PublishedJanuary 8, 2013

PAEs Ringing in New Year without Resolutions

Several outlets have reported on a bevy of lawsuits filed in Delaware by Steelhead Licensing LLC against operating entities concerning infringement of patent 5,491,834 entitled “Mobile Radio Handover Initiation Determination.”  Unfortunately for innovators, legitimate operating entities, and consumers this is yet another example in a seemingly endless litany of companies springing forward to extract consumer welfare from the high-tech industry by demanding payment for someone else’s work.  Like other patent assertion entities (PAEs), Steelhead manufactures nothing (so it is immune from countersuits), played no role in the development of the patent it wields, and has no intention of practicing the patent.

Even worse, there are rumors that Steelhead is aligned with BT, making this not only a consumer-welfare problem, but potentially an antitrust problem.  For its part, BT denies any involvement with Steelhead’s licensing activities.

Steelhead’s lawsuit is emblematic of many problems with patent policy that we have been covering on Patent Progress:

  • Lawsuit appears on the eve of expiration – This is a last-ditch effort to extract value from a potential asset before it loses any value.  The Filing Date on record with the USPTO is August 27, 1993 meaning that the patent is due to expire this summer.  It should also be noted that the last patent to cite to Steelhead’s was in 1997.  This is an old patent that likely has lost relevance in the high-tech space (assuming it ever was valid).  Its only real value anymore is as a lottery ticket in an infringement suit.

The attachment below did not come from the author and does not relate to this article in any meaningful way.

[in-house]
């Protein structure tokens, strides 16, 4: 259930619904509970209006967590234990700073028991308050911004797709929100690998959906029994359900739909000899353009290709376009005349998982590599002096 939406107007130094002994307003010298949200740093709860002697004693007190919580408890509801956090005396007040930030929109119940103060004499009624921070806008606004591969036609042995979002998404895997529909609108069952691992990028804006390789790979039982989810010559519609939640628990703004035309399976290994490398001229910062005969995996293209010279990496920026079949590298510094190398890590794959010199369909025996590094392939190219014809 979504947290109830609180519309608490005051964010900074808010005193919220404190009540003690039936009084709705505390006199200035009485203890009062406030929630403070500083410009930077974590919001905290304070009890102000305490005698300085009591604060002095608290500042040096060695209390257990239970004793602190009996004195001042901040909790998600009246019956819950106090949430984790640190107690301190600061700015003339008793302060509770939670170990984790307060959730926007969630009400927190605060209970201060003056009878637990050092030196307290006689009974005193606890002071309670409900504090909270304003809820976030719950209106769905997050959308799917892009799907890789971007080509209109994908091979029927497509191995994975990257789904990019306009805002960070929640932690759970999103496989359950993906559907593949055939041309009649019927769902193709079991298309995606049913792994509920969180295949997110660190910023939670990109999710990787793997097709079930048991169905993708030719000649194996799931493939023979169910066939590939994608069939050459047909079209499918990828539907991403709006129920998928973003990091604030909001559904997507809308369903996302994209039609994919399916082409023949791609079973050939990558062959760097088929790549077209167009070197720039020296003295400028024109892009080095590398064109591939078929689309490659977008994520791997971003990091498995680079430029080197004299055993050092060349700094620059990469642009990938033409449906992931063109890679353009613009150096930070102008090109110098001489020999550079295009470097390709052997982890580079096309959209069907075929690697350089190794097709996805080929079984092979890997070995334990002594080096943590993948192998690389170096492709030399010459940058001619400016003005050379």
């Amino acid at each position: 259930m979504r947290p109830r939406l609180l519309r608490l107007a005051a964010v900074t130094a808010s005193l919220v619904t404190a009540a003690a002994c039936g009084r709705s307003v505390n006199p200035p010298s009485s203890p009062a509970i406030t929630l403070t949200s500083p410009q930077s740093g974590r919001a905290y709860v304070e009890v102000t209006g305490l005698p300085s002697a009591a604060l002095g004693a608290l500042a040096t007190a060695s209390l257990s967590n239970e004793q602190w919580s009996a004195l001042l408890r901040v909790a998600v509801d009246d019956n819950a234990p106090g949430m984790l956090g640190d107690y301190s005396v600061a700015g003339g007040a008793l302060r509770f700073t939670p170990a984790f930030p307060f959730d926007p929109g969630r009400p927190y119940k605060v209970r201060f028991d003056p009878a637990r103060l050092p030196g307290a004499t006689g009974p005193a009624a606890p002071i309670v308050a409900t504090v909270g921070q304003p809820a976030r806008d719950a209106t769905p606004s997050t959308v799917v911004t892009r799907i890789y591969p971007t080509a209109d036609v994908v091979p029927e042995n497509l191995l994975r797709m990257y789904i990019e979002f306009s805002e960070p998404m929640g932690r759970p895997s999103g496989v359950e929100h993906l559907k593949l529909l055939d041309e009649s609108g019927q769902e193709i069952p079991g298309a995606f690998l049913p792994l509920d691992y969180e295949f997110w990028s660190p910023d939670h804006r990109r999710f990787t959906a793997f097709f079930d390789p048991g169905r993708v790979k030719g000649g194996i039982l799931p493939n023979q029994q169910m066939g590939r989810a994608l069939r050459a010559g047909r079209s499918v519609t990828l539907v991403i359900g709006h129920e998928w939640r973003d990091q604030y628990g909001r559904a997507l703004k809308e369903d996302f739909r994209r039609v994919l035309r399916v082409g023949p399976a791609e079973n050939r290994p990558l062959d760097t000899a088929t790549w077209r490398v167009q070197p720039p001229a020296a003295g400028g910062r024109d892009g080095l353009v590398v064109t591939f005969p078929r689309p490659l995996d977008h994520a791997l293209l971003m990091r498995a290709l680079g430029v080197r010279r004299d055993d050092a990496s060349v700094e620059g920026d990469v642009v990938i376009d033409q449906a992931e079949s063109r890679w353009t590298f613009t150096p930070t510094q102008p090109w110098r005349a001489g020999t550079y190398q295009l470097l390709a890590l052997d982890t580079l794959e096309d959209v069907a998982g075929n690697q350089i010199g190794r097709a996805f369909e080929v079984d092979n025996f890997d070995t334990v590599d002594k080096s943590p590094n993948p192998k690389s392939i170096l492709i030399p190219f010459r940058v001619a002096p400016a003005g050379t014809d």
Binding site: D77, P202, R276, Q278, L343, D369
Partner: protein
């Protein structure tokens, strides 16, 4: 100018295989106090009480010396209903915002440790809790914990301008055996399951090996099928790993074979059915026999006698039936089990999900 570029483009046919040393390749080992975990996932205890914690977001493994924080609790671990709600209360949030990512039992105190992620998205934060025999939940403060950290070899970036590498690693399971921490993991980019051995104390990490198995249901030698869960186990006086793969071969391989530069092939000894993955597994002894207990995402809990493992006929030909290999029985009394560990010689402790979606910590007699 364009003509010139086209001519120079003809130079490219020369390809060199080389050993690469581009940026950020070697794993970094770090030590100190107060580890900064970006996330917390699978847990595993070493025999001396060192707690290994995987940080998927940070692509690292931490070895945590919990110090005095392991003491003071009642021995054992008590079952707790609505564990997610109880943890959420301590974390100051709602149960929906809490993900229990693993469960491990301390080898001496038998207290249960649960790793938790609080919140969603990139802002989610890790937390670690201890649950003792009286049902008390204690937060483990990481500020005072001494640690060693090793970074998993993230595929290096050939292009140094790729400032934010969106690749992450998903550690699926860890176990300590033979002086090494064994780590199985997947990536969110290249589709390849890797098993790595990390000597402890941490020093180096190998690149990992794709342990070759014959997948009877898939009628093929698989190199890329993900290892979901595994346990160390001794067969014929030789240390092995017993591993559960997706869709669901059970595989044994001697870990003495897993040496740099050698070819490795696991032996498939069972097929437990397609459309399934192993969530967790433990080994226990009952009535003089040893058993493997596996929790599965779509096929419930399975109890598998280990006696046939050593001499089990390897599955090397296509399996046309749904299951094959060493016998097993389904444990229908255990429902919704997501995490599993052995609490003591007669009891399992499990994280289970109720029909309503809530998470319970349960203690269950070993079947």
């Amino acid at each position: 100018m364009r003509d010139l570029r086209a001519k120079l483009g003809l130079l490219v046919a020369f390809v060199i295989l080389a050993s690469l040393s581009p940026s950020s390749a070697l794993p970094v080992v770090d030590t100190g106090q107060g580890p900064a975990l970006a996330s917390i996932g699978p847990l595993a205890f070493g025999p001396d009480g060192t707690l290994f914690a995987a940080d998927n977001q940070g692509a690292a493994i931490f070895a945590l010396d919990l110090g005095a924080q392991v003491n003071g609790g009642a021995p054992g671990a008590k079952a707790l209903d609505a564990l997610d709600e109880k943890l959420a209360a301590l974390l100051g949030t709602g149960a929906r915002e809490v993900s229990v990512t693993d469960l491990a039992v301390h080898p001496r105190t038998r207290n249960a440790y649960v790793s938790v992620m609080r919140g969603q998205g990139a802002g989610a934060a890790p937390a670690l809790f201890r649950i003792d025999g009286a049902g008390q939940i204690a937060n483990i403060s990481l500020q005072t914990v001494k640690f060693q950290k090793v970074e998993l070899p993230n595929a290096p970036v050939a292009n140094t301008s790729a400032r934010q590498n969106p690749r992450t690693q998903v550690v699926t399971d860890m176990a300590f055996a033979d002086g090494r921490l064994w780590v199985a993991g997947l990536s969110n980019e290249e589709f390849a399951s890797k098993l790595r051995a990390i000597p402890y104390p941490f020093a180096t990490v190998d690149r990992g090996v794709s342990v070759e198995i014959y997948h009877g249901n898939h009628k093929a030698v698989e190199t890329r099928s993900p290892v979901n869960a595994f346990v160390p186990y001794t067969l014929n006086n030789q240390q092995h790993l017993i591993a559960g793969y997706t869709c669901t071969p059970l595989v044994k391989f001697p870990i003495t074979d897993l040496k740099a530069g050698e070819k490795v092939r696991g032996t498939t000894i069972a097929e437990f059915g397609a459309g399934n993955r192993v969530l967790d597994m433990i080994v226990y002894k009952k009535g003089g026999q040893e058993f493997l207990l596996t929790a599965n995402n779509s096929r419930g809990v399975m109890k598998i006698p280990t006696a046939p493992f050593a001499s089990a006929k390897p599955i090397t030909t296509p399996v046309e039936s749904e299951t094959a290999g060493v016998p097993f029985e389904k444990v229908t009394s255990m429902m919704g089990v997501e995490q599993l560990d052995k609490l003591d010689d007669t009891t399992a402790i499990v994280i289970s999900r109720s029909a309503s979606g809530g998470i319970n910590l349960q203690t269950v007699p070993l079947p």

• Steelhead is targeting any company that might conceivably infringe – The litigation strategy is neither delicate nor precise.  Steelhead has sued everyone it can think of, including Apple, HTC, LG, Kyocera, MetroPCS, Motorola Mobility, Casio, Pantech, RIM, Sony, T-Mobile, Verizon, and ZTE Corporation.  All complaints are substantially the same, though suits against network providers and suits against manufacturers allege different methods but substantively the same infringement.
  • Control of patent is opaque – Whether or not BT has an interest in Steelhead’s litigation, the point remains that neither the public nor those companies sued can determine this information easily.  BT is the original assignee of this patent 16 days before it was filed at the USPTO.  As we have posted on previously, the USPTO is considering regulations to increase transparency in patent ownership.  Steelhead’s case emphasizes why this regulatory action is a good and necessary step.
  • Steelhead seeks an injunction despite no evidence of eBay factors – Steelhead’s complaints call for all defendants to be “preliminarily and permanently restrained and enjoined from directly and/or indirectly infringing the ‘834 Patent.”  However, as the Supreme Court and CAFC have repeatedly held, an injunction is only appropriate when the patentee can demonstrate 1) irreparable injury; 2) inadequacy of monetary damages; 3) balance of hardships; and 4) public interest would not be disserved by a permanent injunction.  Steelhead fails each factor of the test.
  • Potentially avoiding FRAND commitments – The Appendix filed with the Delaware District Court reports that this patent has been published by the 38th and 40th IEEE Vehicular Technology Conferences.  Furthermore, the complaints allege that the many defendants’ products practice the UMTS and LTE standards, and alleges “the patented method recited in one or more claims of the ‘834 Patent is performed when a cell reselection is made by any Defendants’ UMTS/LTE Product when it is using either the UMTS or LTE standards to communicate.”  This is the foundation for finding that a particular patent is a SEP.  If it is the case that the patent is part of a FRAND commitment, then the lawsuit may very well grasp the attention of U.S. regulators.

Lest any commentators believe that the problem with PAEs will resolve itself, lawsuits such as this should remind them that PAE lawsuits are not going away.  Until Congress, the USPTO, and other interested regulatory bodies enact measures to deter these lawsuits, they will continue to appear on dockets of U.S. District Courts.

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Brendan Coffman

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